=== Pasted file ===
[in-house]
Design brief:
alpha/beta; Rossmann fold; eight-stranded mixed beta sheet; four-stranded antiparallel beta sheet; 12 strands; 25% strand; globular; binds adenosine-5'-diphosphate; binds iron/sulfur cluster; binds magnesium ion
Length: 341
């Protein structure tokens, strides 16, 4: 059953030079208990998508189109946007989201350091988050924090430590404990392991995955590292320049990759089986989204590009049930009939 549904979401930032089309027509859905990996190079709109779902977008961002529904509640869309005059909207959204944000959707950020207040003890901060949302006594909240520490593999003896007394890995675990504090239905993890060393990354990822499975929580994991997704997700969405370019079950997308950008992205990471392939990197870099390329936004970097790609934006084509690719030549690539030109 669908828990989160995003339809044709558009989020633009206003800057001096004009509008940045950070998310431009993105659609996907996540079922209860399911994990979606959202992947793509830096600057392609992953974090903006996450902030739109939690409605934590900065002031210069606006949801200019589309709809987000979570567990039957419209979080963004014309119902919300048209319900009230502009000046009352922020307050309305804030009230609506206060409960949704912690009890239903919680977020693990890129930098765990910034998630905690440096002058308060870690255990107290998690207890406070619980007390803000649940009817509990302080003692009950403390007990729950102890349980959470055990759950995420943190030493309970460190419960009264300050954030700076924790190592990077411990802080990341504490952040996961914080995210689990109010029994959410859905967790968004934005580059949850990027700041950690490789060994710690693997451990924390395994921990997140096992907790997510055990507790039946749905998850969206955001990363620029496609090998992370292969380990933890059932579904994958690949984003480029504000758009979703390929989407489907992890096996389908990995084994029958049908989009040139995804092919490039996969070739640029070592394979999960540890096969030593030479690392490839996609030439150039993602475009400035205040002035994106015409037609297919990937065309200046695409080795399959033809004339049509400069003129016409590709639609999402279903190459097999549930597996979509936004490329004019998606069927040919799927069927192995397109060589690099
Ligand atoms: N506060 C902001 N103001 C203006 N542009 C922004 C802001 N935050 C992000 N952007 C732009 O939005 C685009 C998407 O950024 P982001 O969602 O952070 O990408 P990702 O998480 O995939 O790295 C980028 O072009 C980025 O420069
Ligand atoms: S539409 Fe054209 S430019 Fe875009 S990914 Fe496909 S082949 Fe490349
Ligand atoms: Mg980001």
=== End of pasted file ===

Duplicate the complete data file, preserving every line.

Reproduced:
[in-house]
Design brief:
alpha/beta; Rossmann fold; eight-stranded mixed beta sheet; four-stranded antiparallel beta sheet; 12 strands; 25% strand; globular; binds adenosine-5'-diphosphate; binds iron/sulfur cluster; binds magnesium ion
Length: 341
């Protein structure tokens, strides 16, 4: 059953030079208990998508189109946007989201350091988050924090430590404990392991995955590292320049990759089986989204590009049930009939 549904979401930032089309027509859905990996190079709109779902977008961002529904509640869309005059909207959204944000959707950020207040003890901060949302006594909240520490593999003896007394890995675990504090239905993890060393990354990822499975929580994991997704997700969405370019079950997308950008992205990471392939990197870099390329936004970097790609934006084509690719030549690539030109 669908828990989160995003339809044709558009989020633009206003800057001096004009509008940045950070998310431009993105659609996907996540079922209860399911994990979606959202992947793509830096600057392609992953974090903006996450902030739109939690409605934590900065002031210069606006949801200019589309709809987000979570567990039957419209979080963004014309119902919300048209319900009230502009000046009352922020307050309305804030009230609506206060409960949704912690009890239903919680977020693990890129930098765990910034998630905690440096002058308060870690255990107290998690207890406070619980007390803000649940009817509990302080003692009950403390007990729950102890349980959470055990759950995420943190030493309970460190419960009264300050954030700076924790190592990077411990802080990341504490952040996961914080995210689990109010029994959410859905967790968004934005580059949850990027700041950690490789060994710690693997451990924390395994921990997140096992907790997510055990507790039946749905998850969206955001990363620029496609090998992370292969380990933890059932579904994958690949984003480029504000758009979703390929989407489907992890096996389908990995084994029958049908989009040139995804092919490039996969070739640029070592394979999960540890096969030593030479690392490839996609030439150039993602475009400035205040002035994106015409037609297919990937065309200046695409080795399959033809004339049509400069003129016409590709639609999402279903190459097999549930597996979509936004490329004019998606069927040919799927069927192995397109060589690099
Ligand atoms: N506060 C902001 N103001 C203006 N542009 C922004 C802001 N935050 C992000 N952007 C732009 O939005 C685009 C998407 O950024 P982001 O969602 O952070 O990408 P990702 O998480 O995939 O790295 C980028 O072009 C980025 O420069
Ligand atoms: S539409 Fe054209 S430019 Fe875009 S990914 Fe496909 S082949 Fe490349
Ligand atoms: Mg980001």